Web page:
I can't see £300 worth of extra value in the Ribble. (I assume you are looking at the 105 version)
It would be interesting to see if there is a significant weight difference. I suspect any difference is pretty marginal i.e. within 200g. I'd be swayed one way or the other by 500g. Quoted weights in the spec are likely to be bollocks but if you can actually put them on some scales...
As well as the Decathlon bike I got last year, I have a couple of Ribble bikes which are fine.
Maybe it'll just come down to the aesthetics and the one you think the looks best.
Decathlon do keep their prices low by fitting extremely poor quality wheels to their bikes in the almost certain knowledge that riders will already have their own wheels or will soon upgrade.
> tyres first, then wheels then groupset
You're saying you'd consider the tyres as the most important???
>"extremely poor quality wheels"
Mavic Aksium are a pretty robust are they not?
What makes a poor and good wheel?
Mavic Aksiums are good intermediate wheels, yes.
In the case of Decathlon's cheapest wheels, the quality of the materials meaning spoke tension is poor and the bearings don't last well. That they are assembled with insufficient grease doesn't help so they wear out pretty fast, especially if water gets in. Last time we bought a new front wheel it cost only £25 and the store had quite a good stock of them. The freehubs on the rear wheels are also pretty poor quality.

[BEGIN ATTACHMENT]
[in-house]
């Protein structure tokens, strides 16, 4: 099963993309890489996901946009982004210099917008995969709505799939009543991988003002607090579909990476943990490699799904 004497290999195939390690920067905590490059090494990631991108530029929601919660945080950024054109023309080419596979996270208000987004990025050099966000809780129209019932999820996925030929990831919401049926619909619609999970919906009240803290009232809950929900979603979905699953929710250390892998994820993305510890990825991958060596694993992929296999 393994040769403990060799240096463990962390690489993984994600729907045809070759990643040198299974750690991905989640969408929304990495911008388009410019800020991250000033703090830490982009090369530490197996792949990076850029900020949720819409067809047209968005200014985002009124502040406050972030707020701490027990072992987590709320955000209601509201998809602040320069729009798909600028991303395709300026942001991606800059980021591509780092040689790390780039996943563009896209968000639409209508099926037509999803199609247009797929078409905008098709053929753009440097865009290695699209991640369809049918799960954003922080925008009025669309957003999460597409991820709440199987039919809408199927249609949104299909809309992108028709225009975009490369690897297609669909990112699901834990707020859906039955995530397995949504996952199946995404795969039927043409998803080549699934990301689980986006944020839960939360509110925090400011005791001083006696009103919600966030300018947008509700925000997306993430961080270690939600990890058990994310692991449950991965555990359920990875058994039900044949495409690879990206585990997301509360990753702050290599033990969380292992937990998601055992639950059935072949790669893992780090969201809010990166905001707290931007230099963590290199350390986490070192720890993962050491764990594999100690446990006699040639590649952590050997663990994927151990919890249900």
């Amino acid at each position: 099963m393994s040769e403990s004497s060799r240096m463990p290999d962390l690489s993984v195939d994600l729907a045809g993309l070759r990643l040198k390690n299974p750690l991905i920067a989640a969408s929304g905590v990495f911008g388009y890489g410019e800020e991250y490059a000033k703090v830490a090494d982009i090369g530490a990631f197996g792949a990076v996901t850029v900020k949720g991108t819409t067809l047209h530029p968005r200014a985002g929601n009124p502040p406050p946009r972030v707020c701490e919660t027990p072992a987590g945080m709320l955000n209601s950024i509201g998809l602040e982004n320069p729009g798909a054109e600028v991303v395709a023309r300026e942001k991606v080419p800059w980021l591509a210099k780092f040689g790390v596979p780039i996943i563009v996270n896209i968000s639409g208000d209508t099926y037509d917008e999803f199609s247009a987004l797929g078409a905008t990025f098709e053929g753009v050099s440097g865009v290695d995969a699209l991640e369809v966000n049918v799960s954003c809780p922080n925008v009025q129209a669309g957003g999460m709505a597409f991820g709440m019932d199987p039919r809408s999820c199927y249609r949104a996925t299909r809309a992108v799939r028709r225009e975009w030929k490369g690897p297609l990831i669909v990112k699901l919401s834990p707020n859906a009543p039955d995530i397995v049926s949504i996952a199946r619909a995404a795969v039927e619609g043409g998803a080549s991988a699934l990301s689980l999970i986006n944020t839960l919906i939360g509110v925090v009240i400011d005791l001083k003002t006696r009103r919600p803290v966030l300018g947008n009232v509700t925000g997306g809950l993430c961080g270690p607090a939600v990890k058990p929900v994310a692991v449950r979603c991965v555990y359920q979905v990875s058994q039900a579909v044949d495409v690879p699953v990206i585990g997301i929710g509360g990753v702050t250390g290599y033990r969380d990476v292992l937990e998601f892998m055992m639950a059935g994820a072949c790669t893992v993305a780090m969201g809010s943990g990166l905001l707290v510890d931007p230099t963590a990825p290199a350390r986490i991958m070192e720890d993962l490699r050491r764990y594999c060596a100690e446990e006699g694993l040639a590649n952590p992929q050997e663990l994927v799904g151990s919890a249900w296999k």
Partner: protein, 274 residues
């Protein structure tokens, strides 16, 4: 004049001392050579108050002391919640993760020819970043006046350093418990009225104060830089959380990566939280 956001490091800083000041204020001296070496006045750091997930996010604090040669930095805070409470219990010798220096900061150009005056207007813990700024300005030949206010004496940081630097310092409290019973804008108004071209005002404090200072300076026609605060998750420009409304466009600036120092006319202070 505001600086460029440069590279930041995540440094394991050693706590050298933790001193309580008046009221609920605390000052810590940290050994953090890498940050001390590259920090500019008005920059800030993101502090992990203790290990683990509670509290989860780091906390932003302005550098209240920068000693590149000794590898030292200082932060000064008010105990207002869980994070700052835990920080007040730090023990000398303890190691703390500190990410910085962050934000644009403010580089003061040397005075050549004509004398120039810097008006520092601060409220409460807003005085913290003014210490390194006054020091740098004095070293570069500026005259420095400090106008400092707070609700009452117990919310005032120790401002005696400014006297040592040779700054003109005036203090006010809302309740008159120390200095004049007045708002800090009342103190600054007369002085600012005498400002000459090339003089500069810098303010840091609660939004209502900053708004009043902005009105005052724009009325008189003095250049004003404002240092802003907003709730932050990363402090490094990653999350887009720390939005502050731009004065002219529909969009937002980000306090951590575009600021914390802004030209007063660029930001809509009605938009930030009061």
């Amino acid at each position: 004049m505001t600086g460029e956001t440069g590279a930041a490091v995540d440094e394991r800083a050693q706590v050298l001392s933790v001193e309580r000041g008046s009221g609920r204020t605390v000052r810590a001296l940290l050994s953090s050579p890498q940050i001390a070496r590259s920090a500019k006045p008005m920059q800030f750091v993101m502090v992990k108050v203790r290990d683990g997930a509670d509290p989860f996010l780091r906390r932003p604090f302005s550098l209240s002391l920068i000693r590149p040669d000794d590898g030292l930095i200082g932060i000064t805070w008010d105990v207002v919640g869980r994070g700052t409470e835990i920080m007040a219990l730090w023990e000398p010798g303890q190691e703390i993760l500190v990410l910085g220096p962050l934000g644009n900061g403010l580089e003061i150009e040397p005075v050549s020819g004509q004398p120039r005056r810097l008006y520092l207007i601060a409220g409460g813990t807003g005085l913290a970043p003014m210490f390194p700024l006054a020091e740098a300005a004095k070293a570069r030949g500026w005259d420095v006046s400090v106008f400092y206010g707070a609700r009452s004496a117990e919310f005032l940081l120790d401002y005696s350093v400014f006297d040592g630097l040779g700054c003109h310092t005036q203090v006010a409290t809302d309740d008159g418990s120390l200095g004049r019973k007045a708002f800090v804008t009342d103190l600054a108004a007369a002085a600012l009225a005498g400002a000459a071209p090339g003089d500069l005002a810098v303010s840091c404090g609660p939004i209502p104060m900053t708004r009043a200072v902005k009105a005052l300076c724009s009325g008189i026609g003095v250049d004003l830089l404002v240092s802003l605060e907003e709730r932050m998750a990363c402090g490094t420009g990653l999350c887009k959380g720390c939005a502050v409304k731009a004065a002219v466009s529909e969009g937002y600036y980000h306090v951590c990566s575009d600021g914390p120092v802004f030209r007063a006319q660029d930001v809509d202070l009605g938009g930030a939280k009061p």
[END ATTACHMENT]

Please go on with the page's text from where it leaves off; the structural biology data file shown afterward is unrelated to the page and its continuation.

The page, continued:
Somebody said you can have cheap, light and strong but only two of those at any one time.
When buying good wheels you pay for high quality materials meaning less metal can be employed with greater tensions giving a stiff, light wheel. I use Mavic Ksyriums and once bent a spoke by unclipping inwards and catching my heel. Thought no more of it until a few weeks later when it snapped with a loud bang and the wheel went out of true straight away, unlike a traditional wheel with 32 or 36 spokes, where you can often limp home. The ends of the broken spoke separated by about 2mm showing how much tension was in the spoke. I called at Chevin Cycles who dismissed me with "You'll need a new wheel mate!" Then I called at Ilkley Cycles whose mechanic Joe fished in a drawer, found the right length spoke (no mean feat in itself), fitted it and sent me on my way after accepting £5.00. Great service but it probably explains why Ilkley Cycles went out of business!
> You're saying you'd consider the tyres as the most important???
No that wasn't the question. We were asked what should be the first to upgrade, tyres are the most cost effective upgrade, particularly as rubbish tyres are often fitted to new bikes
> Decathlon do keep their prices low by fitting extremely poor quality wheels to their bikes in the almost certain knowledge that riders will already have their own wheels or will soon upgrade.
I very much doubt that that is the Decathlon customer demographic.
In any case Aksiums are fitted as standard to much higher spec bikes than these (Cannondales ~& 2000 offerings e.g.)